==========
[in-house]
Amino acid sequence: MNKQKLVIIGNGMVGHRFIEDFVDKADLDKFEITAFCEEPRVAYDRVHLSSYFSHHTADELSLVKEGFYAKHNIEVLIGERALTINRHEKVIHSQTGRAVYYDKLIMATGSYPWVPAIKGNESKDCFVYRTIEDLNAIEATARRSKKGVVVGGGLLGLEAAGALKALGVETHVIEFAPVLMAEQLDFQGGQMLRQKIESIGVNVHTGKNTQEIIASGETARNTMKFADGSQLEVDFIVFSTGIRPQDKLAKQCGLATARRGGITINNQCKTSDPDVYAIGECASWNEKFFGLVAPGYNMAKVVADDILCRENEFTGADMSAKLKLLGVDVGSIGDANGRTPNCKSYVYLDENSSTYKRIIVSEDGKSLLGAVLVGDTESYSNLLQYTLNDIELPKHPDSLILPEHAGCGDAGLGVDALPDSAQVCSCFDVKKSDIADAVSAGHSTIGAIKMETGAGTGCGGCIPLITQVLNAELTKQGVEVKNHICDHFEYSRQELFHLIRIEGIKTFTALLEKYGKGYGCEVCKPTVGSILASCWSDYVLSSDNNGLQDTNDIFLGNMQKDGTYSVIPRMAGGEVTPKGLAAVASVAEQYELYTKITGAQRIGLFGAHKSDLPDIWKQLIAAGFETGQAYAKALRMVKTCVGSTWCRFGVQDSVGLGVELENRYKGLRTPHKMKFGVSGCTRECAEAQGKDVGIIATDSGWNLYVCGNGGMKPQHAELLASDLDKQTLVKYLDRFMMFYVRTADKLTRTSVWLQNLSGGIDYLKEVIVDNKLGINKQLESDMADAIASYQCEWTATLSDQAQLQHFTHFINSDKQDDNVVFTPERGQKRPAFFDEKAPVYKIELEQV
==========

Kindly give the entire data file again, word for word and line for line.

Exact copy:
[in-house]
Amino acid sequence: MNKQKLVIIGNGMVGHRFIEDFVDKADLDKFEITAFCEEPRVAYDRVHLSSYFSHHTADELSLVKEGFYAKHNIEVLIGERALTINRHEKVIHSQTGRAVYYDKLIMATGSYPWVPAIKGNESKDCFVYRTIEDLNAIEATARRSKKGVVVGGGLLGLEAAGALKALGVETHVIEFAPVLMAEQLDFQGGQMLRQKIESIGVNVHTGKNTQEIIASGETARNTMKFADGSQLEVDFIVFSTGIRPQDKLAKQCGLATARRGGITINNQCKTSDPDVYAIGECASWNEKFFGLVAPGYNMAKVVADDILCRENEFTGADMSAKLKLLGVDVGSIGDANGRTPNCKSYVYLDENSSTYKRIIVSEDGKSLLGAVLVGDTESYSNLLQYTLNDIELPKHPDSLILPEHAGCGDAGLGVDALPDSAQVCSCFDVKKSDIADAVSAGHSTIGAIKMETGAGTGCGGCIPLITQVLNAELTKQGVEVKNHICDHFEYSRQELFHLIRIEGIKTFTALLEKYGKGYGCEVCKPTVGSILASCWSDYVLSSDNNGLQDTNDIFLGNMQKDGTYSVIPRMAGGEVTPKGLAAVASVAEQYELYTKITGAQRIGLFGAHKSDLPDIWKQLIAAGFETGQAYAKALRMVKTCVGSTWCRFGVQDSVGLGVELENRYKGLRTPHKMKFGVSGCTRECAEAQGKDVGIIATDSGWNLYVCGNGGMKPQHAELLASDLDKQTLVKYLDRFMMFYVRTADKLTRTSVWLQNLSGGIDYLKEVIVDNKLGINKQLESDMADAIASYQCEWTATLSDQAQLQHFTHFINSDKQDDNVVFTPERGQKRPAFFDEKAPVYKIELEQV